As a linguist, I'm a comparative psychosyntactician: I gather and examine crosslinguistic and psycholinguistic data in order to inform and refine our syntactic theory. It is at UMass that I found my love for psycholinguistics, which to me, is crucial in the investigation of our assumptions about language and its syntax. In my dissertation, I present experimental data that provide evidence that syntactic and pragmatic constraints jointly determine the choice of pronominal expressions for reflexives and bound variable anaphora in Romanian. This data was gathered by means of four NSF DDRI funded experiments on the comprehension and production of pronouns and anaphora in Romanian. I am also among the first linguists to investigate adult comprehension in Romanian, having also run studies on NPI illusions for strong/weak NPIs and neg-words in this negative concord language. UMass also helped me discover my passion for fieldwork, and I have had the incredible fortune of working on binding and definite wh-phrases in Yalalag Zapotec. I have also worked on pronouns and (tensed) definite determiners in Somali with Deniz Özyıldız and Binding in Vietnamese with Thuy Bui.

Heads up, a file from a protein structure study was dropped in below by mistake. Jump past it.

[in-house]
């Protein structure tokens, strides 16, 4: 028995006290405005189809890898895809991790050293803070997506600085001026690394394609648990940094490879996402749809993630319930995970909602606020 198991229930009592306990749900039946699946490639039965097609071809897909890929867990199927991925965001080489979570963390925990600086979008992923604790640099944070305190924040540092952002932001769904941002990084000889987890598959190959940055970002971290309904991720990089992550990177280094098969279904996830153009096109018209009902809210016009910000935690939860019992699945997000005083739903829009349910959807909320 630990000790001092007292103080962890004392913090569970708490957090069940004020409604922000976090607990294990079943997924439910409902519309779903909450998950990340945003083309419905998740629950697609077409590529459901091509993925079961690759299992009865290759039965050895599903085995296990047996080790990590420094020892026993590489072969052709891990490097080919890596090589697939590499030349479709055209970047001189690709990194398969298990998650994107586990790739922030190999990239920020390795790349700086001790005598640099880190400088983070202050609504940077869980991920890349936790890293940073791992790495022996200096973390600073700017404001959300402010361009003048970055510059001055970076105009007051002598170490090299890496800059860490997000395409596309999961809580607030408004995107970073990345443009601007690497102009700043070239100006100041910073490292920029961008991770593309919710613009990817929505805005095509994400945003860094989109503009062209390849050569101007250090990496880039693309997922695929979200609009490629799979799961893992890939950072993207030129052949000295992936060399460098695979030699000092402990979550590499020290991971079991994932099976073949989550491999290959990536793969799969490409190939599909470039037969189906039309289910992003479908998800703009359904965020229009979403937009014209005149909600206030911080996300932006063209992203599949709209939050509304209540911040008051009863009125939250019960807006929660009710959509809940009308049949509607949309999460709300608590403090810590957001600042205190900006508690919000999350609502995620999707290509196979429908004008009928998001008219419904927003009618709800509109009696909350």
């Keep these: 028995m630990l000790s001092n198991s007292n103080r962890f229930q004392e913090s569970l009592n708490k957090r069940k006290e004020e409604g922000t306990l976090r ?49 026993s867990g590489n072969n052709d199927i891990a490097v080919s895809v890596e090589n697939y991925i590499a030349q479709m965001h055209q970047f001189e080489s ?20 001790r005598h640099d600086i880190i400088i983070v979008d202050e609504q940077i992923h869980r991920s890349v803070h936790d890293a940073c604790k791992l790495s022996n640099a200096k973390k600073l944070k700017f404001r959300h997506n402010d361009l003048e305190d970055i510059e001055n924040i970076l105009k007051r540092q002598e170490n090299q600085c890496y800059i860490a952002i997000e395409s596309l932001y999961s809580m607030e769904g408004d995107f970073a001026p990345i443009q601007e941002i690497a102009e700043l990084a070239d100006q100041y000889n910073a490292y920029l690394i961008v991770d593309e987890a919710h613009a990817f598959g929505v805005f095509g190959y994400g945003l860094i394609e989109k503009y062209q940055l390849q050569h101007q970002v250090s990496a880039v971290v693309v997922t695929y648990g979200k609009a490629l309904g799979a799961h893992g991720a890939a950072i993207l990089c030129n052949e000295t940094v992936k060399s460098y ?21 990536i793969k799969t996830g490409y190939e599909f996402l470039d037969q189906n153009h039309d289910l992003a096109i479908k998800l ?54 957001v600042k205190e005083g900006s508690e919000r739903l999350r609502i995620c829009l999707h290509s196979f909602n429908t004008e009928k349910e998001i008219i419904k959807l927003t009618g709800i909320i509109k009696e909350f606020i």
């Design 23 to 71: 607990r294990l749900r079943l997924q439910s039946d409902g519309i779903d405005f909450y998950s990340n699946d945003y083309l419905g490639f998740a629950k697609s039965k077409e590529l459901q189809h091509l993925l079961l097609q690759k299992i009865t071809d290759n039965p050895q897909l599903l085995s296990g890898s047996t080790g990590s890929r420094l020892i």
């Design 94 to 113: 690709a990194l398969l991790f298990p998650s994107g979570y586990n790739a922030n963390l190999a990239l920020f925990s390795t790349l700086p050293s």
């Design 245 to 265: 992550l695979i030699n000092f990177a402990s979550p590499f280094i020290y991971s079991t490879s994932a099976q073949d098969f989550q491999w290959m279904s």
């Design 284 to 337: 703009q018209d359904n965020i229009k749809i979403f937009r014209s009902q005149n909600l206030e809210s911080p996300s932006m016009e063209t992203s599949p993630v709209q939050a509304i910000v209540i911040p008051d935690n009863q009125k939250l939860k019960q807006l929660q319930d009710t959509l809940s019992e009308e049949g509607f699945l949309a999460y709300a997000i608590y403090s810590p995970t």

Other things I'm currently working on include Binding Theory and reference more broadly, PCC effects in Romanian, fake indexicals and their agreement patterns in Farsi and Romanian with Zahra Mirrazi, and (reflexive) denominal verbs with Adina Camelia Bleotu (under grant PN-III-P1-1.1-PD-2019-0472 awarded to Camelia by UEFISCDI).
I am also very passionate about teaching linguistics. So much so, in fact, that I've developed materials for various courses I taught as a main instructor at UMass. If you'd like to peruse the course materials I designed for Introduction to Linguistics and Introduction to Syntax way back in 2017, you may find them here.
Finally, here's something my academic CV below won't tell you: I am an unquestionable expert in all things Harry Potter.